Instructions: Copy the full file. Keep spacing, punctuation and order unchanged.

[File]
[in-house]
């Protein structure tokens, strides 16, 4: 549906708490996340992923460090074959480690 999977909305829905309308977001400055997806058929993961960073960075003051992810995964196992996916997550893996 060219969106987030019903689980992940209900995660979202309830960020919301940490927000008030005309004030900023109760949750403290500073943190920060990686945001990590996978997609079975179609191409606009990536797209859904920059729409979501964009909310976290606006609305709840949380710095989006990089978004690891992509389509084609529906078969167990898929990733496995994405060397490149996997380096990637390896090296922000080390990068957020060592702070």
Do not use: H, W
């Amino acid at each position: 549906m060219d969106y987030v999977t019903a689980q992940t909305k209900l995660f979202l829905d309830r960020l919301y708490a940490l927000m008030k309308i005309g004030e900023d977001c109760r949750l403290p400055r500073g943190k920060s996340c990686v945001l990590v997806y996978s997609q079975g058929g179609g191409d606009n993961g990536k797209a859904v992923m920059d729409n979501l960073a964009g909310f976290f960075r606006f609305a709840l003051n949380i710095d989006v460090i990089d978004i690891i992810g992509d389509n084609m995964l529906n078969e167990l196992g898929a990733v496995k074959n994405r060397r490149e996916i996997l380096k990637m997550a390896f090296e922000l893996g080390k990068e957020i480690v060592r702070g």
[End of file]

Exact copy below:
[in-house]
């Protein structure tokens, strides 16, 4: 549906708490996340992923460090074959480690 999977909305829905309308977001400055997806058929993961960073960075003051992810995964196992996916997550893996 060219969106987030019903689980992940209900995660979202309830960020919301940490927000008030005309004030900023109760949750403290500073943190920060990686945001990590996978997609079975179609191409606009990536797209859904920059729409979501964009909310976290606006609305709840949380710095989006990089978004690891992509389509084609529906078969167990898929990733496995994405060397490149996997380096990637390896090296922000080390990068957020060592702070």
Do not use: H, W
């Amino acid at each position: 549906m060219d969106y987030v999977t019903a689980q992940t909305k209900l995660f979202l829905d309830r960020l919301y708490a940490l927000m008030k309308i005309g004030e900023d977001c109760r949750l403290p400055r500073g943190k920060s996340c990686v945001l990590v997806y996978s997609q079975g058929g179609g191409d606009n993961g990536k797209a859904v992923m920059d729409n979501l960073a964009g909310f976290f960075r606006f609305a709840l003051n949380i710095d989006v460090i990089d978004i690891i992810g992509d389509n084609m995964l529906n078969e167990l196992g898929a990733v496995k074959n994405r060397r490149e996916i996997l380096k990637m997550a390896f090296e922000l893996g080390k990068e957020i480690v060592r702070g």